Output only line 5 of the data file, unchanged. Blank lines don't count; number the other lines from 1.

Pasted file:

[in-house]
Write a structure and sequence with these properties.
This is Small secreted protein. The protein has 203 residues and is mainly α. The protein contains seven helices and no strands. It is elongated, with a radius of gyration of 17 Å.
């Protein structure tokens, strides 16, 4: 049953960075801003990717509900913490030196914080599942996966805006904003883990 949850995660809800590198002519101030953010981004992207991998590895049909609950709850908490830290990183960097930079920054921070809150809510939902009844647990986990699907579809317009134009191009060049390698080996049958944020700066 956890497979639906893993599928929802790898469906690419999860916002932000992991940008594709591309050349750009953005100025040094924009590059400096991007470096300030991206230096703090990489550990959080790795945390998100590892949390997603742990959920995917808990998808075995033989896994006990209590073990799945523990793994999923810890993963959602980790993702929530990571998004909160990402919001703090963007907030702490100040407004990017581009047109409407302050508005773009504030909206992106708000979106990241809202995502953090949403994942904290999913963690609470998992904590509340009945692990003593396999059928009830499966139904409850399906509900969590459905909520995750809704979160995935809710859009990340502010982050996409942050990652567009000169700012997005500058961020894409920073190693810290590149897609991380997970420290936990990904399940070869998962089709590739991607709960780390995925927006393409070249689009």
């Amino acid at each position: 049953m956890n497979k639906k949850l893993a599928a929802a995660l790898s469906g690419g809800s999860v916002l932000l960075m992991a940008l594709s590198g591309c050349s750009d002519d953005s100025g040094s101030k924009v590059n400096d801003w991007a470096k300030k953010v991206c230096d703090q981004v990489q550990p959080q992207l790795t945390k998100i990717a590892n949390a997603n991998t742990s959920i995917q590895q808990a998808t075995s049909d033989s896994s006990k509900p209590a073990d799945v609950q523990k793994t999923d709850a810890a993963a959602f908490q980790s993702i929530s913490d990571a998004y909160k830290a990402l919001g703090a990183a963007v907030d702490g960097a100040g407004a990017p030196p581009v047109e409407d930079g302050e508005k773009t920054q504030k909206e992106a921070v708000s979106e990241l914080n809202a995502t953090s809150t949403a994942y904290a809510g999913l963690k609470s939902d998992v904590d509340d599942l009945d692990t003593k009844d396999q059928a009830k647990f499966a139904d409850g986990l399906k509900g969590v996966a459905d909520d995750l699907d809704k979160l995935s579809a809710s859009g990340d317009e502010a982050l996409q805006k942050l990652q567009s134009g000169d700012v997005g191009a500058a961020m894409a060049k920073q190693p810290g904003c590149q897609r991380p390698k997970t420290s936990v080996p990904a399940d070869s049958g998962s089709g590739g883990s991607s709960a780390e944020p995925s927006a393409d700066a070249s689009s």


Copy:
């Amino acid at each position: 049953m956890n497979k639906k949850l893993a599928a929802a995660l790898s469906g690419g809800s999860v916002l932000l960075m992991a940008l594709s590198g591309c050349s750009d002519d953005s100025g040094s101030k924009v590059n400096d801003w991007a470096k300030k953010v991206c230096d703090q981004v990489q550990p959080q992207l790795t945390k998100i990717a590892n949390a997603n991998t742990s959920i995917q590895q808990a998808t075995s049909d033989s896994s006990k509900p209590a073990d799945v609950q523990k793994t999923d709850a810890a993963a959602f908490q980790s993702i929530s913490d990571a998004y909160k830290a990402l919001g703090a990183a963007v907030d702490g960097a100040g407004a990017p030196p581009v047109e409407d930079g302050e508005k773009t920054q504030k909206e992106a921070v708000s979106e990241l914080n809202a995502t953090s809150t949403a994942y904290a809510g999913l963690k609470s939902d998992v904590d509340d599942l009945d692990t003593k009844d396999q059928a009830k647990f499966a139904d409850g986990l399906k509900g969590v996966a459905d909520d995750l699907d809704k979160l995935s579809a809710s859009g990340d317009e502010a982050l996409q805006k942050l990652q567009s134009g000169d700012v997005g191009a500058a961020m894409a060049k920073q190693p810290g904003c590149q897609r991380p390698k997970t420290s936990v080996p990904a399940d070869s049958g998962s089709g590739g883990s991607s709960a780390e944020p995925s927006a393409d700066a070249s689009s």